Originally published in WBM Wine Magazine – August 2011

A website should be one of the core assets at the centre of your brand’s communication mix. In fact, it’s imperative. However, gone are the days where a website is purely an online company ‘brochure’ outlining your products and services. Whilst these sites may look good initially, you won’t get you repeat visitors who are engaging and interacting with your brand. Online experts like Chris Brogan and Darren Rowse believe that a website should be the “hub” of any business’s marketing communications plan and be a ‘home base’ to which other platforms drive people to.

If you’re thinking about launching a new website here are a few tips to consider to ensure your website is effective and driving maximum returns for your business:

  • Content is king – before you launch straight into the design you need to carefully consider your key messages and how you are going to create content that is compelling and useful to the end user. Coming up with a map of the content and a site map structure upfront is critical so you are clearly aware of what information needs to be incorporated. Too often businesses launch their websites as if it is a brochure and then never update it. Regular updates and information are imperative to ensure an on-going user experience. Allocating resources and time to continually update your website on a regular basis will reap results.
  • Appropriate tone and language – it’s worth investing some money into the getting professional help to develop the content for your website once key messages have been identified. Professional copywriters can add a lot of value in getting your messages clear and to communicate your story. An outside perspective is often useful to ensure clarity.
  • Take the time to write a brief – spending the time up front thinking about your objectives and writing a strong digital creative brief will give you a stronger and more effective outcome. This will help the designers to understand exactly what you want to achieve and benchmarks for them to provide the best solutions. Key questions to consider might be:
  •   Do you want to have transactions on the website? What look and feel are you thinking of? Who is your key target market? What images need to be incorporated? What words are important for search engine optimisation? All these elements need to be part of an agency brief.
    • It’s worth also looking around at competitor websites (both inside and outside of your business category) and giving your agency or designer some insight into what you like and dislike about these sites and why. The creative process can often be extremely subjective so it’s useful for designers to understand your style.
    • A flashy design is not always best – Some of the best websites I’ve seen and interacted with recently are actually premium WordPress themes allowing you to keep content up to date and giving the brand a consistent look and feel but without the cost of a custom build. You don’t necessarily need to spend a lot of money on a website to always achieve a great outcome.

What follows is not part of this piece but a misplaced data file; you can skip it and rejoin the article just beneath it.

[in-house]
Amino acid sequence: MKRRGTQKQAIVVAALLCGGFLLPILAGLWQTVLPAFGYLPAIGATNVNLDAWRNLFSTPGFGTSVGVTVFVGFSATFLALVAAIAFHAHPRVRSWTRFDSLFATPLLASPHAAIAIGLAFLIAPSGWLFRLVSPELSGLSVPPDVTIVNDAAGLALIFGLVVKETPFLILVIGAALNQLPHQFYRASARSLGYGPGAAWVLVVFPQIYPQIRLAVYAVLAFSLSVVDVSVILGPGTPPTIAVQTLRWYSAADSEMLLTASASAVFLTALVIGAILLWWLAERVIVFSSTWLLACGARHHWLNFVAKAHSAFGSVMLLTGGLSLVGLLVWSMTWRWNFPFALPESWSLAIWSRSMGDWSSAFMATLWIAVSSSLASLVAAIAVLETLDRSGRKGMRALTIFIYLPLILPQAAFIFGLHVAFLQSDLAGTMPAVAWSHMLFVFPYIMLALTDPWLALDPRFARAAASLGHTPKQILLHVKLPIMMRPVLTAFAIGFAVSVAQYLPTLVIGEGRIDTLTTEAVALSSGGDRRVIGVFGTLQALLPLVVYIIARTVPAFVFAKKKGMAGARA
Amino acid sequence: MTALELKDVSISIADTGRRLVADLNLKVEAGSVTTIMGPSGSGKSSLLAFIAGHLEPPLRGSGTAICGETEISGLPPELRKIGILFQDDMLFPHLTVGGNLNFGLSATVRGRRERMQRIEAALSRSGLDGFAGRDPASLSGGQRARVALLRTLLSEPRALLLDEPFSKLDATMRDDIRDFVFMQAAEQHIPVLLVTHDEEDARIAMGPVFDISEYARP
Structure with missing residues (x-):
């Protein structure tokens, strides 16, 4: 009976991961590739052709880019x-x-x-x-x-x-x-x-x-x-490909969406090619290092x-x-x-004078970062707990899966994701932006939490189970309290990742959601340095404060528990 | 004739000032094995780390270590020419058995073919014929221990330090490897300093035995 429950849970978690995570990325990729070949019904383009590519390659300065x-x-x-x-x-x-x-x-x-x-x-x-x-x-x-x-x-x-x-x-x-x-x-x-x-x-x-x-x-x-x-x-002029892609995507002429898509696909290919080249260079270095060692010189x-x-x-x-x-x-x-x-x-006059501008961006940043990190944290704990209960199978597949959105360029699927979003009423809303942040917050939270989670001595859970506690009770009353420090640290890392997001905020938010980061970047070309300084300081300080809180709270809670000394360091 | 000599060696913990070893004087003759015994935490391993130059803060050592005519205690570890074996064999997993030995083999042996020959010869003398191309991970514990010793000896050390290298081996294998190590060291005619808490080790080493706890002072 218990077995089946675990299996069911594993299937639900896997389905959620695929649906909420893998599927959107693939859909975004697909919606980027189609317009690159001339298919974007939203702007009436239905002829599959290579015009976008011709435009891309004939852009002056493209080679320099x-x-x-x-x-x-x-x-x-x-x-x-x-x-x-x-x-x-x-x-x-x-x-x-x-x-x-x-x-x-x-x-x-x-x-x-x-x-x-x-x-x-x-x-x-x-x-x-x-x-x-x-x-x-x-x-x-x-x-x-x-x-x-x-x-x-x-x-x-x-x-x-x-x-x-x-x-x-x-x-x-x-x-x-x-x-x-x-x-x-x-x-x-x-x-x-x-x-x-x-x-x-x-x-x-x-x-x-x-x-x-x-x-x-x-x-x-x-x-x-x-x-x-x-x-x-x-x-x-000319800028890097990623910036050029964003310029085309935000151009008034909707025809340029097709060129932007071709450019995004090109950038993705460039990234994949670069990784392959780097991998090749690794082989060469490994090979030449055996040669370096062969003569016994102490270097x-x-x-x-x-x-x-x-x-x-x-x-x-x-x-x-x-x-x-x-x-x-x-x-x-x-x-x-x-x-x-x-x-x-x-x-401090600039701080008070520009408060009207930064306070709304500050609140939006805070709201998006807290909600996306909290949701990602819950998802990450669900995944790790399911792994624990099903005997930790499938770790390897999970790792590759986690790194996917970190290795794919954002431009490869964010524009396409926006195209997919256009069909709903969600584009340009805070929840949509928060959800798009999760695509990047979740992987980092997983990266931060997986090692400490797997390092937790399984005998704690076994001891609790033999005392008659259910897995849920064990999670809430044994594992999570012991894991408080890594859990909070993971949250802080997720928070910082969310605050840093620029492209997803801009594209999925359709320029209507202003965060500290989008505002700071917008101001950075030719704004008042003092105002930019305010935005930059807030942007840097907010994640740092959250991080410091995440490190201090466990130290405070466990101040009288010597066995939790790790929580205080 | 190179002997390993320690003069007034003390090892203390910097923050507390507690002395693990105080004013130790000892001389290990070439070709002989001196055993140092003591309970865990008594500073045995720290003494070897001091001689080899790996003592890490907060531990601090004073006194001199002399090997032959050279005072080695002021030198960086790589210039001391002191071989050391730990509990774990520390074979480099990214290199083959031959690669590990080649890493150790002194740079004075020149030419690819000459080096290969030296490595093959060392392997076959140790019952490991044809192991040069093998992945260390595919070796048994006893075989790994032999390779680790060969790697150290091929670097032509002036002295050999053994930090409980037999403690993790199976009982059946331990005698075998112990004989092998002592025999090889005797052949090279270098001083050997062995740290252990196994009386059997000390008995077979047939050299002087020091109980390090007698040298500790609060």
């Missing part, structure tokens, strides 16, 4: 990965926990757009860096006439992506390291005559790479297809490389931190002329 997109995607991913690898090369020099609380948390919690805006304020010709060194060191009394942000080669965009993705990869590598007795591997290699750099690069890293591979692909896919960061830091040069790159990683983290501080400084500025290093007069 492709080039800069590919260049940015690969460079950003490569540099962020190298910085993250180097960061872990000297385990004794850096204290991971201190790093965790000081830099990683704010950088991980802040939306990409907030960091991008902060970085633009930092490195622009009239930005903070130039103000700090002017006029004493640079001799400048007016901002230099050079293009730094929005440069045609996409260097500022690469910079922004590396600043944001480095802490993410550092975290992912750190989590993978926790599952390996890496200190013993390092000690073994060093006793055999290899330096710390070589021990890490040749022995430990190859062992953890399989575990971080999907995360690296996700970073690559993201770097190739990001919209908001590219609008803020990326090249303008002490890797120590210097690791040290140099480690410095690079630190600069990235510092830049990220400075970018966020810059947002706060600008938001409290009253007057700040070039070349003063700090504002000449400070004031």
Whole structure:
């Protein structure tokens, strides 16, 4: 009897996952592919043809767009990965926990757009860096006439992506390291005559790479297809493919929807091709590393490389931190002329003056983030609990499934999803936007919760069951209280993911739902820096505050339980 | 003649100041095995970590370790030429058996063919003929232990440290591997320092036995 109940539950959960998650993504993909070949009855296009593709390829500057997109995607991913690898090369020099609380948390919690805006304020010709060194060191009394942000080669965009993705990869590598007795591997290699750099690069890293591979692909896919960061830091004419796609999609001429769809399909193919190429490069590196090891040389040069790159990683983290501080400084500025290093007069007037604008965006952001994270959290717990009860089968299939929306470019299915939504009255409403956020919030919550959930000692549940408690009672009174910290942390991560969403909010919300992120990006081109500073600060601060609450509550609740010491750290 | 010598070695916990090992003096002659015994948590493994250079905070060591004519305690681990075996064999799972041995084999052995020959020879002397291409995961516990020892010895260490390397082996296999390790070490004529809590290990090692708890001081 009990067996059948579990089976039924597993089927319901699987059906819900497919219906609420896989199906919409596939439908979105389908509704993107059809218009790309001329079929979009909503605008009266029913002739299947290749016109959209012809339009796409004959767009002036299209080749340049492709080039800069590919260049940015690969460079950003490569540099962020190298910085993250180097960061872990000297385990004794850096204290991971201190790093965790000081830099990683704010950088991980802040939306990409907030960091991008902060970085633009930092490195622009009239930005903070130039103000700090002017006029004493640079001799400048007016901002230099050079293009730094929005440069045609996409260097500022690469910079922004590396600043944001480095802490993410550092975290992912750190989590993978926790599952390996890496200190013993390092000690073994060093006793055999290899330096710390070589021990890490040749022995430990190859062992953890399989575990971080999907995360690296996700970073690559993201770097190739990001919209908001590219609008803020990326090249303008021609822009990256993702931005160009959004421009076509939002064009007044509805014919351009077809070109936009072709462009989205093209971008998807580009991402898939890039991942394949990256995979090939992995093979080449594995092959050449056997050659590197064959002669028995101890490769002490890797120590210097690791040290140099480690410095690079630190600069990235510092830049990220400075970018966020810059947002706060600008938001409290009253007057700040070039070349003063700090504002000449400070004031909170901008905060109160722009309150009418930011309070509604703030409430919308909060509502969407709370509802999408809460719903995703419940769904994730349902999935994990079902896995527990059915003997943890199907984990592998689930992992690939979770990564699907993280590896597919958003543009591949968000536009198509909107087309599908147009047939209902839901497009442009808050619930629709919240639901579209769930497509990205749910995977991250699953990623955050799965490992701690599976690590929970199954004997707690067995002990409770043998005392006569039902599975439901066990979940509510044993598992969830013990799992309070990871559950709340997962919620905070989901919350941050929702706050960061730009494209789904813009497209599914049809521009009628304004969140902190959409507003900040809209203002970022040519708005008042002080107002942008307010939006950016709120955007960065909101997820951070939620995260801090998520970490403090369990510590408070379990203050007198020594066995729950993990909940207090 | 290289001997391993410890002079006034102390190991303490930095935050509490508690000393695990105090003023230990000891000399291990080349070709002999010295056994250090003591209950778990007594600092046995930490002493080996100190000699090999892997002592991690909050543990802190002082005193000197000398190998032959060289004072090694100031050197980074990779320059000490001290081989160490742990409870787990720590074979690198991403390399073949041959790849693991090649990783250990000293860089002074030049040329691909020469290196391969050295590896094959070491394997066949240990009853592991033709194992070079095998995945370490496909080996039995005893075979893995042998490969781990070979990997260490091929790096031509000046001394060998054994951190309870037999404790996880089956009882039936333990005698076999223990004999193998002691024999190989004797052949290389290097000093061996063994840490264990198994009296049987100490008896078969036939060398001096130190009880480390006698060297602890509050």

• The right web partner is fundamental to success – Consider whom you are working with and what your relationship is like, as these people will ultimately be the ones you need for support and update in the future. A cheap price doesn’t mean you will get the best of service, and furthermore an expensive price doesn’t mean you will get the best of quality. Spend the time understanding what the costs are, both upfront and ongoing.
    • Integrate relevant plug-ins to keep consumers coming back – As much as we’d like to think people will regularly visit our website, you need to give consumers a reason to keep returning. This means incorporating a way for people to sign up – either via e-newsletter updates driving them back to your website for more information, RSS feeds and social media links. You might have the best looking website in the world but if no one is visiting it then it is worthless.
    • Consider the old age battle of .HTML vs Flash.  These days there are plenty of alternative software programs that mimic flash are viewable in all browsers. Flash can’t be seen on lots of devices so whilst it may look good when shown to you on a PC, it’s not a great user experience when they can’t see your content from the Internet via a Smartphone or via ipads.
  •  Domain name ownership – search for the domain name and think broader than your local market. Don’t just look for a .com.au domain name if you’re based in Australia – see who owns the global domain names and for a small investment it’s worth purchasing others and redirecting them to your own site so you control your domain in key markets.
  • Have patience and be realistic – Make sure you establish objectives and conduct appropriate research before rushing in and getting a site built. Think long term and not just about your immediate needs as it will cost you more in the long run to keep adding to a site when you could have longer term functionality built upfront that can be turned on at a future date.
  • Track and measure – free analytics tools like Google Analytics will allow you to measure how people are interacting with your site so you can optimise and refine.

Most importantly, continue to think about how you’ll use your website as part of your ongoing communications plan and provide relevant and timely information to the various stakeholders who are visiting it. This might man having a separate section for the trade or media with links where they can find useful information. Think outside the box and continue to challenge how you can engage your audience and create a memorable experience with your brand.